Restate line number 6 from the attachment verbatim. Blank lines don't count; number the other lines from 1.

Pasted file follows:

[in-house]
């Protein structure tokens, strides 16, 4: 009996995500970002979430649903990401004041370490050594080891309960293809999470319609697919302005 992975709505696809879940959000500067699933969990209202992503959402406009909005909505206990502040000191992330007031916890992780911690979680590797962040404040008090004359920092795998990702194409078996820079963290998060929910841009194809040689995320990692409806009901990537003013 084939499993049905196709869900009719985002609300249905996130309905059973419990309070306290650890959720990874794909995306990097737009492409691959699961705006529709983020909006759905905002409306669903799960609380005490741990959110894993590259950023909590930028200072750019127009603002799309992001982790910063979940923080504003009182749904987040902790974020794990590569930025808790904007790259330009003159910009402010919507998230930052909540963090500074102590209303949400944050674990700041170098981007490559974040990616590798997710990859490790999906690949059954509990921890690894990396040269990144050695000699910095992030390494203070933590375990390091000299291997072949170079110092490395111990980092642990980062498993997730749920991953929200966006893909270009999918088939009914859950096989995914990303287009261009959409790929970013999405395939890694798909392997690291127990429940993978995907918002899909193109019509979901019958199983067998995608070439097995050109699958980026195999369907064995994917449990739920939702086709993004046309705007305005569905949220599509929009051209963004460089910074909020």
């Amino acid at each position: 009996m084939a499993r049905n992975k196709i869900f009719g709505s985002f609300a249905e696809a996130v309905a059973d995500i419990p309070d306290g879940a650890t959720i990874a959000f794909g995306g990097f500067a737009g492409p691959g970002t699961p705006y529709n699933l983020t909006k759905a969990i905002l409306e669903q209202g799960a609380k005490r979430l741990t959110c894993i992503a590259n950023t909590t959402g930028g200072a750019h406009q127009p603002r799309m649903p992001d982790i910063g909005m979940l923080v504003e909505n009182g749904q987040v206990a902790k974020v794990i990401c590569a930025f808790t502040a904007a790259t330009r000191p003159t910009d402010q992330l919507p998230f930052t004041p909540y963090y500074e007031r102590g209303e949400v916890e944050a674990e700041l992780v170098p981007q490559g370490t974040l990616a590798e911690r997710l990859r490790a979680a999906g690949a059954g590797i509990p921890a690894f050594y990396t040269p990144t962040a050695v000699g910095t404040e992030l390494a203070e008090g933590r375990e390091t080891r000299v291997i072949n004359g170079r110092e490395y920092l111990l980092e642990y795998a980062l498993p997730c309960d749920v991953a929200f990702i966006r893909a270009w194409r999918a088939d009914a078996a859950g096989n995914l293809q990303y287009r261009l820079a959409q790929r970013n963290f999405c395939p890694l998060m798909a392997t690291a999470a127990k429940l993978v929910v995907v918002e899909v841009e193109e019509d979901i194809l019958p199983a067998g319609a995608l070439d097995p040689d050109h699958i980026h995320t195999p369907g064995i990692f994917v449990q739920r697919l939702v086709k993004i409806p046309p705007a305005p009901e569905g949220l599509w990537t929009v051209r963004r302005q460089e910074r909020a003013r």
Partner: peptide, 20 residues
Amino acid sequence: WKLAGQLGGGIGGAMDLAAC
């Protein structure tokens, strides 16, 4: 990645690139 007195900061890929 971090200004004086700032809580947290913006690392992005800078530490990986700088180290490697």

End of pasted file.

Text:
């Protein structure tokens, strides 16, 4: 990645690139 007195900061890929 971090200004004086700032809580947290913006690392992005800078530490990986700088180290490697």